Book Series Medieval Church Studies, vol. 8

Rievaulx Abbey and its Social Context, 1132-1300

Memory, Locality, and Networks

Emilia Jamroziak

  • Pages: 252 p.
  • Size:160 x 240 mm
  • Language(s):English
  • Publication Year:2005

  • ISBN: 978-2-503-52177-0
  • Hardback
  • Available
  • ISBN: 978-2-503-57215-4
  • E-book
  • Available

The present work is the first in-depth study devoted to the social history of Rievaulx abbey, one of the most prominent houses of white monks (Cistercians) in medieval England.


"Dr. Jamroziak provides a fascinating and penetrating study of Rievaulx, making the fullest use of the surviving cartulary and relating its evidence to a wide range of benefactors and interested parties in Yorkshire, and beyond." (L. Butler in: Northern History, XLIII:1, March 2006)

"Emilia Jamroziak's book demonstrates how fruitful the close study of individual cartularies can be for deepening our understanding of the relations between monasteries and society." (M. Heale in: Yorkshire Archaeological Journal, vol. 78, 2006, p.255-256)


"Jamroziak has set the bar high for the future studies of monastic houses and their social networks." ( A.E. Lester in Speculum, July 2006, p. 867-869) 

"Jamroziak's intelligent and valuable study of Rievaulx is particularly notable for the examination of the mechanisms for the interaction of lay interests and monastic community in the first century of the Order's history. At the same time it contributes importantly to the current wider debate on the shaping of Cistercian practice." (P. Fergusson, in: The Medieval Review, 06.02.06)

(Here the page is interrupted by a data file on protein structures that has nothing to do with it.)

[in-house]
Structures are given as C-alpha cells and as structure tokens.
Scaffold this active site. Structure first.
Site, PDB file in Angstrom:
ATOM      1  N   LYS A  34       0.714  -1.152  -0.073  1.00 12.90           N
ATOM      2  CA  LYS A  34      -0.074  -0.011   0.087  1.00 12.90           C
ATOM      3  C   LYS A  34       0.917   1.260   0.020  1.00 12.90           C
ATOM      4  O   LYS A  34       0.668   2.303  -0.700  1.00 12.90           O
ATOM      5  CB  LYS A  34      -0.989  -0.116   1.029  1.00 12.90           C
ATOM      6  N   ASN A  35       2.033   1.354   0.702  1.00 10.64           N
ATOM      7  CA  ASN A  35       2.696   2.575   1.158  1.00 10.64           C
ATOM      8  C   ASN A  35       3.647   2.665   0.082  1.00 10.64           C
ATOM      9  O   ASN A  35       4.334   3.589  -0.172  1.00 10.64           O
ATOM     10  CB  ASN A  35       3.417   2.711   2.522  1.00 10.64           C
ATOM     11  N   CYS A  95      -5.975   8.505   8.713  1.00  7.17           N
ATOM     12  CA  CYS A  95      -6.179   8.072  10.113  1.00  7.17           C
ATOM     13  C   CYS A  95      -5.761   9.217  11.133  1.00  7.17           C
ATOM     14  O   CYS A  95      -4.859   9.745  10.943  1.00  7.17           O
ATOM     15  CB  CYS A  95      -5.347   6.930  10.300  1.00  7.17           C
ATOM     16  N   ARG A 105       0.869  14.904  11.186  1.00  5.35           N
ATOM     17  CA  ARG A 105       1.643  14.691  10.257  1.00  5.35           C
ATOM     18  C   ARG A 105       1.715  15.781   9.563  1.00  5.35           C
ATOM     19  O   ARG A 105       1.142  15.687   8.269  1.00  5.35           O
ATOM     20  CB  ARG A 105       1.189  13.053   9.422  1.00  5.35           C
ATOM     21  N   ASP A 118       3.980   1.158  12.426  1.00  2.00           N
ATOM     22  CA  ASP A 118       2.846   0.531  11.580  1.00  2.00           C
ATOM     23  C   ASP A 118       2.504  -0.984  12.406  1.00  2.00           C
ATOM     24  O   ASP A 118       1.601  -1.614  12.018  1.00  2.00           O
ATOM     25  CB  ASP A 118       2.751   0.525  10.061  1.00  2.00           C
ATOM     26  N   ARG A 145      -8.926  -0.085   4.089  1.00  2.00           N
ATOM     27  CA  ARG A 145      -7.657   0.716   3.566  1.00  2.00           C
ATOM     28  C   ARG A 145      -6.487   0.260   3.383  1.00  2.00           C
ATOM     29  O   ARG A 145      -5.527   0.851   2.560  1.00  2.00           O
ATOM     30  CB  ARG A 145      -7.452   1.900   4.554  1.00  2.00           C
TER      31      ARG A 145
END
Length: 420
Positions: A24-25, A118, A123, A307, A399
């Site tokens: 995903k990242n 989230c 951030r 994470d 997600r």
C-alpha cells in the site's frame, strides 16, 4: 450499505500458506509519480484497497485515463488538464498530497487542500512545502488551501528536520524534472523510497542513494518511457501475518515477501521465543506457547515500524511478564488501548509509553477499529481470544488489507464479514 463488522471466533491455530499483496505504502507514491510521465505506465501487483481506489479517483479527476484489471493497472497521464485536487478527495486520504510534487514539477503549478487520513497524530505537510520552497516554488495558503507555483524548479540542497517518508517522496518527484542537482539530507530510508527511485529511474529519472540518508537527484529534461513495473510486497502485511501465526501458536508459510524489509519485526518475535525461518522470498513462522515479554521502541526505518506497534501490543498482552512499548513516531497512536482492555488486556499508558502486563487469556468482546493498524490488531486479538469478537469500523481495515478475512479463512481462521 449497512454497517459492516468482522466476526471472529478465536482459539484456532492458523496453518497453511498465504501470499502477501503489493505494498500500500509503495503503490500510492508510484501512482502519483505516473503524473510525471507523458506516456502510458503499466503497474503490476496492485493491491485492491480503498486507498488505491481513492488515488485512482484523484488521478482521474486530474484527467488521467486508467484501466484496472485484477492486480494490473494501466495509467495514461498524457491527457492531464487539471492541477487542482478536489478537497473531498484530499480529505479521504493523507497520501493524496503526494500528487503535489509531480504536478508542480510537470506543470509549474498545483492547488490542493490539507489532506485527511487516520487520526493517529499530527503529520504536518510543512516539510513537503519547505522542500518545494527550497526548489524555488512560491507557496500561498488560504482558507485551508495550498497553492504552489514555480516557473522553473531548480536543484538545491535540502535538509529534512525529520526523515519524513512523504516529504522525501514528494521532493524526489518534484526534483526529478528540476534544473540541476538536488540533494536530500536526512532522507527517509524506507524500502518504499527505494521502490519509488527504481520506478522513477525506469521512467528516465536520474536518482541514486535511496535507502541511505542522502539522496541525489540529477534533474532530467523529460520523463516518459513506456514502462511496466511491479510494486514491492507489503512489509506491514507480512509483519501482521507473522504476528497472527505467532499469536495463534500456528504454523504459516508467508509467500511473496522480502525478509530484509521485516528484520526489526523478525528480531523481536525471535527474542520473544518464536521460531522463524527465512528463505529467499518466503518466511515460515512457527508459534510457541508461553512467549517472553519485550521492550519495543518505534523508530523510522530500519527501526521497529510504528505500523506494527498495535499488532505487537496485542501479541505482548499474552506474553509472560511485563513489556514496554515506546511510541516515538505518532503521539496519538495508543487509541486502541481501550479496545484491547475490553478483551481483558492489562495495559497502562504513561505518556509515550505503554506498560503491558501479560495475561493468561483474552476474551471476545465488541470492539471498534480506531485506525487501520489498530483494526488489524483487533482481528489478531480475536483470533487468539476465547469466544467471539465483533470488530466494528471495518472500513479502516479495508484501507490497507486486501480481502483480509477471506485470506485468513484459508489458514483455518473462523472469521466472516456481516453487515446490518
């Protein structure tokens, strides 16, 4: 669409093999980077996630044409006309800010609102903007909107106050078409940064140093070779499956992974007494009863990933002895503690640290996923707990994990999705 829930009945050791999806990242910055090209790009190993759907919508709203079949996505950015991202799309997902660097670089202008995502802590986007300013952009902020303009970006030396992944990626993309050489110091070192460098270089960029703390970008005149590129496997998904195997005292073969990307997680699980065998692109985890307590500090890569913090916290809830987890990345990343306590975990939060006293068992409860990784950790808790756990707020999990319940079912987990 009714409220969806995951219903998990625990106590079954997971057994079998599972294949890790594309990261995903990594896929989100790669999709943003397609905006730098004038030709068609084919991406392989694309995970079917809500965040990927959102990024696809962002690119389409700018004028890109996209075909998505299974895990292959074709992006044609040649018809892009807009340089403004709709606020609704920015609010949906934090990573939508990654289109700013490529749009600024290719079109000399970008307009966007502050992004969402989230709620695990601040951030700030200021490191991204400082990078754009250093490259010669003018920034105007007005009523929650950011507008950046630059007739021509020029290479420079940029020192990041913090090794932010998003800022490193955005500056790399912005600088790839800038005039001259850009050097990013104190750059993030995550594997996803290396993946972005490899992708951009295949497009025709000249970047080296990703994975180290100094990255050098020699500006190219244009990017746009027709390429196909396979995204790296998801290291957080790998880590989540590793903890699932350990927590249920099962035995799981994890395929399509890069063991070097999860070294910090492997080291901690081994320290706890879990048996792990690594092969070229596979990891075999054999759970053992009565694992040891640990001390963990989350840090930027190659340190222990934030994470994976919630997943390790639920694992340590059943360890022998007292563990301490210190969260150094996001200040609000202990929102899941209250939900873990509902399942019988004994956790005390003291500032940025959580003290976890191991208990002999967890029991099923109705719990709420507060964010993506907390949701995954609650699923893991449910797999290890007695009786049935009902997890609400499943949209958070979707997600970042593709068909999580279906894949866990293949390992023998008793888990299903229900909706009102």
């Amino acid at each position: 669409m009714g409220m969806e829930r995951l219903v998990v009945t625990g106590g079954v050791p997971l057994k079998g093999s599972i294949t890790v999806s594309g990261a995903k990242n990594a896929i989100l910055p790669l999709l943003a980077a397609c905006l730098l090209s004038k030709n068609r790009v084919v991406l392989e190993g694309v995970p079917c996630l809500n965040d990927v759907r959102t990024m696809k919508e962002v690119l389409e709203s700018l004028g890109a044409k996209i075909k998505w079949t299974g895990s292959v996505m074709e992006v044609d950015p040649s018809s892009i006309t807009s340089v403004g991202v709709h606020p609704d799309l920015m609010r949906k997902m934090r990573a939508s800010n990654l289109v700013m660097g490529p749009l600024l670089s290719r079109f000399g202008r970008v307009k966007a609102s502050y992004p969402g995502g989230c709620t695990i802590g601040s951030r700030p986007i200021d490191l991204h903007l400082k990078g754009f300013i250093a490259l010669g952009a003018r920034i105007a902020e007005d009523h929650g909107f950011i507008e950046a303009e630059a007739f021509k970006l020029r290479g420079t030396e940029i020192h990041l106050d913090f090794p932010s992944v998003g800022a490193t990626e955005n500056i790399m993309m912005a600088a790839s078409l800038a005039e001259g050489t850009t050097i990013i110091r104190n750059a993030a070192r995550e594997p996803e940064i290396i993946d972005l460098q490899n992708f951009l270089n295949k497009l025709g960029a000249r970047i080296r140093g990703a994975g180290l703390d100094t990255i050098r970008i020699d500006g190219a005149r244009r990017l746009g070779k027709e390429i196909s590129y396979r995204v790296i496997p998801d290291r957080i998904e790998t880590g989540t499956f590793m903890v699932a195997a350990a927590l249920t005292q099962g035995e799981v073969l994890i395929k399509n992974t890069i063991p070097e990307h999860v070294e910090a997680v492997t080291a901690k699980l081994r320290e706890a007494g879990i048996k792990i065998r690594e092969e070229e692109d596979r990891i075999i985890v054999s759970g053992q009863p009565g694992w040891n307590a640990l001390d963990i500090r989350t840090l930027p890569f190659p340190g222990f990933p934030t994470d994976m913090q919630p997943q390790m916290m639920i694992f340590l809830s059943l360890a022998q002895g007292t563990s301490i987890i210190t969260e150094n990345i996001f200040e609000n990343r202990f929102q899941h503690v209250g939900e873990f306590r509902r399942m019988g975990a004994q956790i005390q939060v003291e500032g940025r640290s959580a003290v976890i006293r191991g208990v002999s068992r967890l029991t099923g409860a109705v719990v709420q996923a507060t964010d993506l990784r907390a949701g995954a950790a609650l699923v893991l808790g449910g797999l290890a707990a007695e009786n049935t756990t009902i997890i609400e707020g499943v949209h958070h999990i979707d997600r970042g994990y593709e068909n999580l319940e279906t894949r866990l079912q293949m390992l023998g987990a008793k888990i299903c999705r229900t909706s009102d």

Rievaulx abbey was one of the most prominent houses of white monks (Cistercians) in England, and became in the course of the twelfth and thirteenth centuries an important feature of the ecclesiastical and social landscape of Yorkshire. The present work is the first in-depth study devoted to Rievaulx's social history. The abbey's once extensive archives were largely destroyed after the Dissolution, but the surviving late-twelfth-century cartulary provides a fascinating insight into the process of creating institutional memory, preserving and shaping information about various neighbours of the abbey, and creating a 'map' of social networks that developed around Rievaulx. The complex picture of building and sustaining connections between the abbey and its lay patrons, benefactors and neighbours forms a core to this book. This study also examines how Rievaulx  co-existed with other religious institutions in the area, and particularly the practical dimension of friendships between abbots, declarations of mutual support between monastic communities, and how these were reconciled with a fierce competition for land and donations. Contacts between Rievaulx abbey and the nearby archbishops of York and bishops of Durham were intense and these contacts demonstrate how important these prelates were as potential supporters, and how broader ecclesiastical issues influenced their relationships with Rievaulx. Whilst exploring the case of one particular monastery this book is an important contribution to the current debate on the shaping of Cistercian practice, and particularly the mechanisms for the interaction between laity and monastic communities, during the High Middle Ages.